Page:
29 July 2019

Brunel University London organizes field trip to refugee settlement camp in Zambia

In partnership with United Nations Development Programme (UNDP), Brunel University London (United Kingdom), a member institution of the United Nations Academic Impact (UNAI), organized a four-week field trip in Zambia from 31 May to 30 June 2019, to help students develop their understanding of the multi-dimensional challenges associated with living in the Mayukwayukwa refugee and resettlement community, and gain hands-on experience for the livelihood development projects that emerged out of their study.

The trip began with an orientation in Siavonga and a visit to the Lake Kariba area. Driving North through the Copperbelt Province to the border of Democratic Republic of Congo at Chililabombwe, students engaged with market sellers and learned how goods flow in and out of Zambia.

The students then headed to Solwezi for a three-day training in the refugee site of Meheba, hosted by the International Labour Organisation (ILO). During the training, students worked directly with Meheba’s agricultural officers and farmers to explore the issues they faced and develop potential solutions. They also met with officials of the United Nations High Commissioner for Refugees (UNHCR) and received feedback on their project ideas.

Finally arriving in Mayukwayukwa, the students were dropped off for five nights of homestay with locals, during which they visited the bulking centre, agricultural sites, fish farms and bee keepers. After that, they camped on the banks of the Kafue river in Itezhi tezhi district for a week-long retreat, to refine their projects and prepare for their presentations at the United Nations building in Lusaka. They had the opportunity to encounter wildlife in the early mornings and watch the sunset on the Kafue River.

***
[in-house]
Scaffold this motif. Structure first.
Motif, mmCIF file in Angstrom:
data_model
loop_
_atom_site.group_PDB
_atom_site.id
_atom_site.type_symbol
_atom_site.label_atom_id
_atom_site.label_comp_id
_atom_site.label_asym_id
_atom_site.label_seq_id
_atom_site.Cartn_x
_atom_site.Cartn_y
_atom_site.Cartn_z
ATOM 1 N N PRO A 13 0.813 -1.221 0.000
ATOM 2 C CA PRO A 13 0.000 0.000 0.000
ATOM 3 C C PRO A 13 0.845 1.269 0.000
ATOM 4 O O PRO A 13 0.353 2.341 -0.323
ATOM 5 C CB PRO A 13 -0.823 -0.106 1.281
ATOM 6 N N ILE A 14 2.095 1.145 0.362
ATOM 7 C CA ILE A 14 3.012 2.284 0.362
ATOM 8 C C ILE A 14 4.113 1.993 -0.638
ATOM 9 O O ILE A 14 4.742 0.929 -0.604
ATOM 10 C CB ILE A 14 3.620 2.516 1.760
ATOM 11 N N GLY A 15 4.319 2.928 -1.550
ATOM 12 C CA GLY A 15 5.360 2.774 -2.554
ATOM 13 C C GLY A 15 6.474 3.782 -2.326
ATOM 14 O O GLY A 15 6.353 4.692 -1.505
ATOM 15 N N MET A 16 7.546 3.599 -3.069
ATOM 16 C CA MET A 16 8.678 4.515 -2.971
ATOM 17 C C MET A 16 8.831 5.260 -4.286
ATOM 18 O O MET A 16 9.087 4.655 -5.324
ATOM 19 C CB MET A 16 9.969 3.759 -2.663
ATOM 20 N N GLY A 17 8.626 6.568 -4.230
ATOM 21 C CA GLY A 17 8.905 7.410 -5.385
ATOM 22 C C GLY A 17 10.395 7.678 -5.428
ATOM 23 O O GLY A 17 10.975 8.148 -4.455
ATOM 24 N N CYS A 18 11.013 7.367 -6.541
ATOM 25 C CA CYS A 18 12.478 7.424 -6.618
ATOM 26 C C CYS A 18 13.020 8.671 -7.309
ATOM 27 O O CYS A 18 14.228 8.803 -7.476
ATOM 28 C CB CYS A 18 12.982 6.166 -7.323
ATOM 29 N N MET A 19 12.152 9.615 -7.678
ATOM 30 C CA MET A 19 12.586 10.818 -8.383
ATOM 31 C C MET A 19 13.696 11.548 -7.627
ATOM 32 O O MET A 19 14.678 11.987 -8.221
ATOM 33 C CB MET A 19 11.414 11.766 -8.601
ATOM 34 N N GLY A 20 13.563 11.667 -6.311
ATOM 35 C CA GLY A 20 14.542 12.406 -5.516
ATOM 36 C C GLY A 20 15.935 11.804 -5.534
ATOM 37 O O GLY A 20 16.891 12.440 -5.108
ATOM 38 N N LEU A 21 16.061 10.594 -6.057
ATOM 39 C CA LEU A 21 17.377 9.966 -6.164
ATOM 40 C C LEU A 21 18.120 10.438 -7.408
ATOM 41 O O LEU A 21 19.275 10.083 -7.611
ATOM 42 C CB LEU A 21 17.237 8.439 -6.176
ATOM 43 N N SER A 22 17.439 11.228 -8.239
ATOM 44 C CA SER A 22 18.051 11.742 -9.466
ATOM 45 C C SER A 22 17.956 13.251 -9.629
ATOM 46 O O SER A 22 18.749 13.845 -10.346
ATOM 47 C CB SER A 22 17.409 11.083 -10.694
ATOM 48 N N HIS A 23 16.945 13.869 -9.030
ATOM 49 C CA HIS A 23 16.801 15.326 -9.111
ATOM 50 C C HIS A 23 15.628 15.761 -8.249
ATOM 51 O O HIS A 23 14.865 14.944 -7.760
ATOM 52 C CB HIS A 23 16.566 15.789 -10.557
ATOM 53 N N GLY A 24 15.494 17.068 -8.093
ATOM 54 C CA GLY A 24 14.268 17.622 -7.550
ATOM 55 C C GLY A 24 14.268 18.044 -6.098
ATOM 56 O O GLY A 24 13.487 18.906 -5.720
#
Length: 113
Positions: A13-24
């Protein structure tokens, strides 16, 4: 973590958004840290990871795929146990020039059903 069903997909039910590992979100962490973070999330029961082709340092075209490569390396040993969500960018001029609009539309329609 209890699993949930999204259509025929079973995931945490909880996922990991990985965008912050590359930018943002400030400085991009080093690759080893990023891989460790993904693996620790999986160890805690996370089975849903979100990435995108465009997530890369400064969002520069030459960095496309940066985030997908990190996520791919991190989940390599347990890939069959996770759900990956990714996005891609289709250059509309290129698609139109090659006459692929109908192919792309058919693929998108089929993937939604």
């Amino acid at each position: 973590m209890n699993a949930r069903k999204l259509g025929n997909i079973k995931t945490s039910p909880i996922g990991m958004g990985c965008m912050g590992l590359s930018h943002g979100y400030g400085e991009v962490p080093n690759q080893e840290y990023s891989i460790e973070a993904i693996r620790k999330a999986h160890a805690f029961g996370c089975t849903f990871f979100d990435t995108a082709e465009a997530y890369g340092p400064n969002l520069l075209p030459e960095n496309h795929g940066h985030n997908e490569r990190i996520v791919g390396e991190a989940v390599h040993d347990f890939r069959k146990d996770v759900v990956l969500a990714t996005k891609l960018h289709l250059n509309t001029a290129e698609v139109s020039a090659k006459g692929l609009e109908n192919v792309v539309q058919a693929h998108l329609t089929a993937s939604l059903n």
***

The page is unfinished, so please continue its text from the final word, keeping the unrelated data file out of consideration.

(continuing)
On 27 June, the students presented to a group of ministers and UNDP officials their findings and ideas for developing and implementing resettlements projects. Through this field trip, they gained first-hand experience on improving the livelihoods of refugees and their host communities in Zambia, and developed creative solutions to community issues with local and national stakeholders on the ground.

“We all had to learn so much in an academic area we had never come across with the Zambia project, but in learning and delivering over the past month we believe in ourselves so much more," students said in their post-trip survey, “the greatest challenge is to keep delivering to such standards especially with the Zambia project where ultimately the goal is to better real lives in the real world.”